By Susan Gately - 26 May, 2018
WMOF is the contemporary version of going on pilgrimage. In the act of going, you open yourself up to encounter with God, and that is what an indulgence is recognising, says Chair of Irish Theological Association.
As has been the tradition for many years, an indulgence has been granted by Pope Francis to people attending the World Meeting of Families. The announcement was made by the Apostolic Penitentiary earlier this week.
The indulgence is granted “on the usual conditions (sacramental Confession, Eucharistic Communion and prayer for the intentions of the Pope), in a spirit that is completely detached from affection for any sin, if they participate in some function” during the meeting, “as well as at its solemn conclusion” in the presence of Pope Francis.
The decree, issued on 21 May, says that the faithful who are unable to take part in this event may also obtain the Plenary Indulgence on the same conditions if, “united in spirit and in thought with the faithful present in Dublin they recite as a family the Our Father, the Creed and other devout prayers in order to invoke from the Divine Mercy the aims mentioned above, particularly at times when the Words and Messages of the Pope are broadcast via radio and television”.
A plenary indulgence removes all the temporal punishment due over sin which has been forgiven.
According to Rev. Dr Michael Shortall, Chair of the Irish Theological Association, indulgences are acknowledgement of a faith commitment. “It’s not a reward for good works, because we are saved by God’s grace alone, not by good works alone,” he told CatholicIreland.
“At the same time, in our lived lives we need to develop our faith to commitment so you don’t get indulgences just for the sake of getting indulgences. There must be some faith commitment at the other side that warrants it or makes it possible.”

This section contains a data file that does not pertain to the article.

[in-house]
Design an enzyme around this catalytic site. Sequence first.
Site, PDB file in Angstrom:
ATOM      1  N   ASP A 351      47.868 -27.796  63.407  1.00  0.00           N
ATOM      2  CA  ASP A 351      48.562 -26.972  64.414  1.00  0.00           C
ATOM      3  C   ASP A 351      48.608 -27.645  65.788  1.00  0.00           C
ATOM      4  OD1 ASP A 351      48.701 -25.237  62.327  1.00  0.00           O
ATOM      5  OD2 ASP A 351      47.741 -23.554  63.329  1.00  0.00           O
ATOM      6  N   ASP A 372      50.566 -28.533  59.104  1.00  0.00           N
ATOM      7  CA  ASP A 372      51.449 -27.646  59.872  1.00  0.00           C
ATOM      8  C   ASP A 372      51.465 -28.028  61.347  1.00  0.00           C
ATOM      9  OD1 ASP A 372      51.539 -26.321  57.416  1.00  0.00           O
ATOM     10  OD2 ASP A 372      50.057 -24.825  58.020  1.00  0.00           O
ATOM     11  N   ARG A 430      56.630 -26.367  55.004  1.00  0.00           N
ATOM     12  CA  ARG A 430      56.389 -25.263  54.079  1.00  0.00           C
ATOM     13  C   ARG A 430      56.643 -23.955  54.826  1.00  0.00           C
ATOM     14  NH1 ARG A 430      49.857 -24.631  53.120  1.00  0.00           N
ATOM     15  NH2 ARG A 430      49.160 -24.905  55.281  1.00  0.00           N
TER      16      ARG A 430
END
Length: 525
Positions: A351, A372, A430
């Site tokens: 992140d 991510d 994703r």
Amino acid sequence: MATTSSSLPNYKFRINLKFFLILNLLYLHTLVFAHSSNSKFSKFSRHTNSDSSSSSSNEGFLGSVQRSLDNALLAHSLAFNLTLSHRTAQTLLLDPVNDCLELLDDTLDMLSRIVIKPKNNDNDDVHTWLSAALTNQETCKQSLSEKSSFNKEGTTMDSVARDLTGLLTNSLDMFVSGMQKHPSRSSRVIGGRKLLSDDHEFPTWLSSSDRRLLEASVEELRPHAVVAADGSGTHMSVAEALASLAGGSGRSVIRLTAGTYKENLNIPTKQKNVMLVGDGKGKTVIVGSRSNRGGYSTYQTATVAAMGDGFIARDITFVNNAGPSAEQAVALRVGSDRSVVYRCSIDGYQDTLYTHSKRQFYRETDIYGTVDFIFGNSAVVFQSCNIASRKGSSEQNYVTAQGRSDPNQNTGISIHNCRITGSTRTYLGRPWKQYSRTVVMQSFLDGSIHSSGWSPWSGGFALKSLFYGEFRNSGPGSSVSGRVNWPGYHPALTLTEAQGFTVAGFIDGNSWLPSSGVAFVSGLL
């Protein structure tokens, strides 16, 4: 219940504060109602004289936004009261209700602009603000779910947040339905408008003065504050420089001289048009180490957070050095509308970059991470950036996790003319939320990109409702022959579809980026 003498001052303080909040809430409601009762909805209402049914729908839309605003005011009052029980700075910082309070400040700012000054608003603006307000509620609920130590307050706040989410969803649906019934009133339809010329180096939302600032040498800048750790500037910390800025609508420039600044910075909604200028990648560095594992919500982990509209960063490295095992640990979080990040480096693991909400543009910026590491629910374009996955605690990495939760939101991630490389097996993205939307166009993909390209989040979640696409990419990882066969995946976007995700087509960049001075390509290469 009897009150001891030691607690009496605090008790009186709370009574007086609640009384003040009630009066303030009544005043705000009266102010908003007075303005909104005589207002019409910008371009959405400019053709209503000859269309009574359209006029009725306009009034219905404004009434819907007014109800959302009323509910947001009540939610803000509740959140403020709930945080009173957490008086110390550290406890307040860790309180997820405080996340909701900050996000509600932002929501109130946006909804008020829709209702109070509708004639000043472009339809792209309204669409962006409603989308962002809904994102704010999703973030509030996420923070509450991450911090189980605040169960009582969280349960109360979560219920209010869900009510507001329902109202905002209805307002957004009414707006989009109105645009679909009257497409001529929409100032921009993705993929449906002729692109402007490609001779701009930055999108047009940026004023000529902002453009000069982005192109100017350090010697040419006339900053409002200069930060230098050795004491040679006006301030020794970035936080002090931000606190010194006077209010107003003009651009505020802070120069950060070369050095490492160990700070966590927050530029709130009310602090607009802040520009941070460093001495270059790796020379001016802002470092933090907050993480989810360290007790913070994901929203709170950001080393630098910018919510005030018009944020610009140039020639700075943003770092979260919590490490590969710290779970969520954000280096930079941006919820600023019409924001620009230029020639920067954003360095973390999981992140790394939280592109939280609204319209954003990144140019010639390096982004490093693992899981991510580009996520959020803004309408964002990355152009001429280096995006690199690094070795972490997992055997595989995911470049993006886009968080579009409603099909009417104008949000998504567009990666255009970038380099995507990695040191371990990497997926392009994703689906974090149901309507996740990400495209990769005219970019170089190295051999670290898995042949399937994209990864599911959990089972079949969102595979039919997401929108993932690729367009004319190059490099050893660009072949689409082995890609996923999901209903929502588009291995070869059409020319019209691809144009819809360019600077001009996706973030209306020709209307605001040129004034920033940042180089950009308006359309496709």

According to Dr Shortall, who lectures in moral theology in St Patrick’s College Maynooth, the World Meeting of Families is a “contemporary version of going on pilgrimage” to places like Jerusalem, Santiago de Compostela or Lourdes, “whereby in the act of going on pilgrimage you are opening yourself up to encounter with God, to development as a person, to new opportunities for following God, and if you are doing these things, effectively you are going closer to God and that’s what indulgences are acknowledging and recognising”.
The decree from the Apostolic Penitentiary also grants a “partial indulgence” to the faithful whenever, “with a contrite heart, in the indicated time they pray for the good of the families”. A partial indulgence removes some of the temporal punishment due over sin which has been forgiven.
Currently, there are about 22,000 people registered for the meeting; they come from 103 countries and half of them are from outside Ireland. With 28 per cent of the participants under 18, this WMOF is the one with the highest rate of young people.
There are already 3,500 volunteers in training. The closing date for those who wish to sign up to volunteer for the event is 31 May. Would-be volunteers can sign up at : https://www.worldmeeting2018.ie/en/Get-Involved/Volunteer
The World Meeting of Families has taken place every three years since 1994. Previous meetings took place in Rome (1994), Rio de Janeiro, Brazil (1997), Rome (2000), Manila, Philippines (2003), Valencia, Spain (2006), Mexico City, Mexico (2009), Milan, Italy (2012) and Philadelphia, United States (2015).